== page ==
I spoke to Katie Lockwood and Aled Jones about the upcoming Gilbert and Sullivan production, Princess Ida.
Many students don’t know Gilbert and Sullivan, so can you tell us a bit about the men and the shows and why the society is what it is?
Aled: Gilbert and Sullivan were Victorian composers who were famous in their day because there wasn’t much going on in the way of entertainment thanks to the war.
Their productions were essentially farcical comedies of sorts in the style of light opera called operetta,
so they aren’t meant to be as serious or tragic as opera but they are a bit more old-fashioned than musicals.
Katie: The reason why Gilbert and Sullivan is so good is because it’s clever, but it’s funny. The words we say are a very different style but it’s still understandable, but the whole air that goes along with it is really enjoyable.
Aled: It’s like Shakespeare; at first glance you can’t make any sense of it and then you read into it and you can see that it is very funny. Ida has very witty dialogue, and phenomenal music.
Katie: That’s one of the reason why we do it, we love musicals but G&S are more fun to tackle – the harmonies and the songs are so complex and intricate and so much more challenging to do so it sounds great. Some of the tongue-twisters leave no room to breathe!
Why should students see Princess Ida?
Aled: Opera is now seen as a dying art. It’s a magnificent thing to see but it’s become less popular. They’re much more challenging than a musical but they only really become enjoyable when you’re exposed to it more often because then you understand it.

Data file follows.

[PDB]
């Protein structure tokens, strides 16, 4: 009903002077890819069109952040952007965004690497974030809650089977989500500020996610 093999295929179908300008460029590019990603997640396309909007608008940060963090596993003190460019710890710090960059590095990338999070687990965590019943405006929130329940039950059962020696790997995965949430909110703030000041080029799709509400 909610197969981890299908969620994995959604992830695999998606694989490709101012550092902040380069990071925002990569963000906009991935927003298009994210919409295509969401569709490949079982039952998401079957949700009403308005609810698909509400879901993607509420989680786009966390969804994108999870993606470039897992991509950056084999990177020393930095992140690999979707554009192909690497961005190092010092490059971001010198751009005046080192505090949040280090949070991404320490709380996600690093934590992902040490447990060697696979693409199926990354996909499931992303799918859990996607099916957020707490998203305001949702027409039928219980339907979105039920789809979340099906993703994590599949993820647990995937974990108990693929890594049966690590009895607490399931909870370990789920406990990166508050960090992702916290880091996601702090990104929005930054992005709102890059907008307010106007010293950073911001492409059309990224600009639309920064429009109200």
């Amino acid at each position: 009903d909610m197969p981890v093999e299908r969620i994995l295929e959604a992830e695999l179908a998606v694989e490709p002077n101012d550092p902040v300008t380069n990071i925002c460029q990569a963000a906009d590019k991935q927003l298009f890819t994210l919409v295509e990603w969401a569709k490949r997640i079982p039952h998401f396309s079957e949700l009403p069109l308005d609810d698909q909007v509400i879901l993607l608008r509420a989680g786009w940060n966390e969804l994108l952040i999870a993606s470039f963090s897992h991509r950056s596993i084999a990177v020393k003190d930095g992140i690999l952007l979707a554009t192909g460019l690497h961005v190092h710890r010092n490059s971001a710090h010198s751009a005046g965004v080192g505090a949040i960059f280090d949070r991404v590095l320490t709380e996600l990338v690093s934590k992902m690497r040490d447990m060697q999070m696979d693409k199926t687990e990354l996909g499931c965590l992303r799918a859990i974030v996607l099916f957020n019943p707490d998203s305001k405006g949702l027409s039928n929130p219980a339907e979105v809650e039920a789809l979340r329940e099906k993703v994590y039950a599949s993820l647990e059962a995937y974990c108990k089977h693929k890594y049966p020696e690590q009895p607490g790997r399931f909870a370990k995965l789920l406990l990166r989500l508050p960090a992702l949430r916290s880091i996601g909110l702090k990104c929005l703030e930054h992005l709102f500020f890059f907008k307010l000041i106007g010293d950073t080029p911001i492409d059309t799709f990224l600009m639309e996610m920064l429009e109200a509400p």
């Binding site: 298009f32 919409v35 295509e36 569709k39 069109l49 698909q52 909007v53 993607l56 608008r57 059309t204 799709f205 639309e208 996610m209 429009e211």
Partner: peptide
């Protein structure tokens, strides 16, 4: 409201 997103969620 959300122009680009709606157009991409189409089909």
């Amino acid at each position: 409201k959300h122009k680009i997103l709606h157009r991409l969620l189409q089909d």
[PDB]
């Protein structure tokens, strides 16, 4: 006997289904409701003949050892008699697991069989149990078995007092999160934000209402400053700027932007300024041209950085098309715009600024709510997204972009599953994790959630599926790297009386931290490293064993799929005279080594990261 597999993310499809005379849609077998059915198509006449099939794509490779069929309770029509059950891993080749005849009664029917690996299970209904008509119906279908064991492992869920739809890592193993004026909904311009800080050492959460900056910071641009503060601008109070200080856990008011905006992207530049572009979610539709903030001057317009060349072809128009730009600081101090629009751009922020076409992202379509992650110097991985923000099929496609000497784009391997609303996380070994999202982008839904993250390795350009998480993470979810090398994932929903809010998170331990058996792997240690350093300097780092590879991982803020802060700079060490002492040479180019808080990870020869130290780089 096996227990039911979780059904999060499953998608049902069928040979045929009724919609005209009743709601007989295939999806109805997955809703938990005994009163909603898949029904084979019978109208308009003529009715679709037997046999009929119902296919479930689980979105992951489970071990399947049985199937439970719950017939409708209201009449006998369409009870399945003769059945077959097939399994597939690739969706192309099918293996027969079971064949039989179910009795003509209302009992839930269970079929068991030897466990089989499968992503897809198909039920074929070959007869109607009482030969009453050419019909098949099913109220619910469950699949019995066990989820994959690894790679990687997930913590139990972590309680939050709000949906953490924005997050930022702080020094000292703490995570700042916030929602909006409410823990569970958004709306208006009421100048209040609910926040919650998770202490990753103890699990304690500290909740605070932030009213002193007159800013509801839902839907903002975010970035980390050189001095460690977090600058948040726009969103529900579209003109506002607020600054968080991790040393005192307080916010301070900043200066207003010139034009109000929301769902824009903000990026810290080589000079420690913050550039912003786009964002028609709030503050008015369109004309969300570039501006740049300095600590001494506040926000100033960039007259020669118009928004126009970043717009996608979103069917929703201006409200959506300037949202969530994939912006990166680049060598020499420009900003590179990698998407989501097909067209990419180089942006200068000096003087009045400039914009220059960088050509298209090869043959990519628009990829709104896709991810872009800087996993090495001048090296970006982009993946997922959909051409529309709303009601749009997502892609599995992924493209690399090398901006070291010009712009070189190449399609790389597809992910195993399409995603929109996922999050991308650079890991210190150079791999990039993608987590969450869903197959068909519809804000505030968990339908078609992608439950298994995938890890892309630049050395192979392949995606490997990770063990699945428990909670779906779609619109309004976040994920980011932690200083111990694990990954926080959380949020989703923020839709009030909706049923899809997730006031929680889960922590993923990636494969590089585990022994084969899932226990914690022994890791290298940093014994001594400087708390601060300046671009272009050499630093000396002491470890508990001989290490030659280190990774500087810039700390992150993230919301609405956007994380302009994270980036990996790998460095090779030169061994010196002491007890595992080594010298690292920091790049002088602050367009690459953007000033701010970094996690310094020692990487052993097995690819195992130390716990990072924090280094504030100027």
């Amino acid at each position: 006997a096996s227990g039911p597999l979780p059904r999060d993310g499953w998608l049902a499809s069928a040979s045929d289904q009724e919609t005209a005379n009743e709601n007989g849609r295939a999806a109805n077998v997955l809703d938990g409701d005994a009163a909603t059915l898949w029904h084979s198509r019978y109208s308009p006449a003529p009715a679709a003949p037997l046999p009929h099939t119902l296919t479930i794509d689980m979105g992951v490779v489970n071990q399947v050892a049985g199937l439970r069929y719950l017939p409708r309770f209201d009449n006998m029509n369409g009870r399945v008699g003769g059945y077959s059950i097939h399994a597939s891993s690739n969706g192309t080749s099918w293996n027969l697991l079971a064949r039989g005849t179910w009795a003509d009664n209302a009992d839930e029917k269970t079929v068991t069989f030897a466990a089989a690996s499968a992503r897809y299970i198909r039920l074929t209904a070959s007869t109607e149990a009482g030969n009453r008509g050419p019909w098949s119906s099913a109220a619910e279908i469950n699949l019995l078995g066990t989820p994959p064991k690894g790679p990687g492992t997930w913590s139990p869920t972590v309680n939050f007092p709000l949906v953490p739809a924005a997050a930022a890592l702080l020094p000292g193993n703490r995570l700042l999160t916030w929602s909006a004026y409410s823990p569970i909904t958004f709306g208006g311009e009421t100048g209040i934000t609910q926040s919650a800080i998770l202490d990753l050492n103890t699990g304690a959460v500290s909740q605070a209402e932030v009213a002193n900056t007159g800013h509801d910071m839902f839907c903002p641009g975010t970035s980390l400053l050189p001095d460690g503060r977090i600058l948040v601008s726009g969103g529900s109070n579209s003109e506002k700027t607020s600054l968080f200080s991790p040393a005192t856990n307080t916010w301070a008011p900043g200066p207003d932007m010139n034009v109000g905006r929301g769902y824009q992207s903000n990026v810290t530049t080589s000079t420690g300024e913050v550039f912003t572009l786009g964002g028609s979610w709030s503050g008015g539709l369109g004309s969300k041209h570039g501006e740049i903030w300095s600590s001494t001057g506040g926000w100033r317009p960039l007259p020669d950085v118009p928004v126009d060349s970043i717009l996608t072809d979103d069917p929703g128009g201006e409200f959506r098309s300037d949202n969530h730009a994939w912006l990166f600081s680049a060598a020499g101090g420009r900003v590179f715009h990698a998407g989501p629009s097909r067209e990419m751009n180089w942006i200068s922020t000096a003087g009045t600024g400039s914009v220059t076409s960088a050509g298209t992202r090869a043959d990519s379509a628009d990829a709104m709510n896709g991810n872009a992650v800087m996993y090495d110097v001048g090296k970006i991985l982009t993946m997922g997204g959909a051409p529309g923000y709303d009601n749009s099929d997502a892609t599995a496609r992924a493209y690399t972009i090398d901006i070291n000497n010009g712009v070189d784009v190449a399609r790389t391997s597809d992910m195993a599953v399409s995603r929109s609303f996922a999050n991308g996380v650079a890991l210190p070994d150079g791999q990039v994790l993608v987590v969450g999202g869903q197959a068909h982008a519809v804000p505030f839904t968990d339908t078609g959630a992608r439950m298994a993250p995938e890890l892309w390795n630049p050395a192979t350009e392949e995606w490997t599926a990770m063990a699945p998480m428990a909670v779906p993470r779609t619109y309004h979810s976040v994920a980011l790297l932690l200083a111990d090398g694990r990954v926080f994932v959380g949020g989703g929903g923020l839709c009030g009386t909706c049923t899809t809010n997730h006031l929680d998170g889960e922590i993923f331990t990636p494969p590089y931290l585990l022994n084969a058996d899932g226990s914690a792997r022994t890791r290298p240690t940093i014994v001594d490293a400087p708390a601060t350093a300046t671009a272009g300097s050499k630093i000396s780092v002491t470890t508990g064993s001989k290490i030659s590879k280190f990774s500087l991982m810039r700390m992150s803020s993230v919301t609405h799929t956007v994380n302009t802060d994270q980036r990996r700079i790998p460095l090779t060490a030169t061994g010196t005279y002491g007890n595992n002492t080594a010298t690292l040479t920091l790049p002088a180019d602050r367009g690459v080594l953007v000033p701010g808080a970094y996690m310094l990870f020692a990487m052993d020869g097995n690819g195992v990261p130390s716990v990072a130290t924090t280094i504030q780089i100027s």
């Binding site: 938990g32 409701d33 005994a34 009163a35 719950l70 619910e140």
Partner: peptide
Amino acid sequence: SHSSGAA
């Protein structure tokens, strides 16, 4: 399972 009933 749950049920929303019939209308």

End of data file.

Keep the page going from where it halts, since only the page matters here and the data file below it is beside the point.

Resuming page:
Katie: And the chorus in G&S is so crucial, without it the shows would be boring.
In lots of musicals the chorus is an added extra but in G&S they’re a core focal part of the performance.
Why did you choose the suffragette theme for the play?
Katie: It was our director’s idea. She (Nicola Wilkes) thought it would be a really good idea to set it in a different era because it’s usually set in Medieval Hungary, and they usually have those fairy type dresses and it’s all very light-hearted.
Aled: It also shows that G&S can slowly acclimatise to different times, because most of it is set in specific time periods which is one reason why they aren’t as popular today – most musicals set their productions in modern day or thereabouts which is obviously difficult to compete with.
Katie: Also because it is set in a university so you can actually make it more about the education side of things and you can add in much more small details that you couldn’t necessarily do if it was all light-hearted medieval.
In ours, with costume and stuff, we’re using the graduation robes and hoods.
It’s just brilliant.
How challenging has it been so far and what challenges do you envisage in the next couple of weeks?
Our biggest challenge to date has been choreography.
Katie: We’ve got a lot of dance in the show. Usually we have a bit of dance but the main emphasis on singing, this year though we decided to make it more visually appealing. This year we have a ballet troupe who do their own dancing.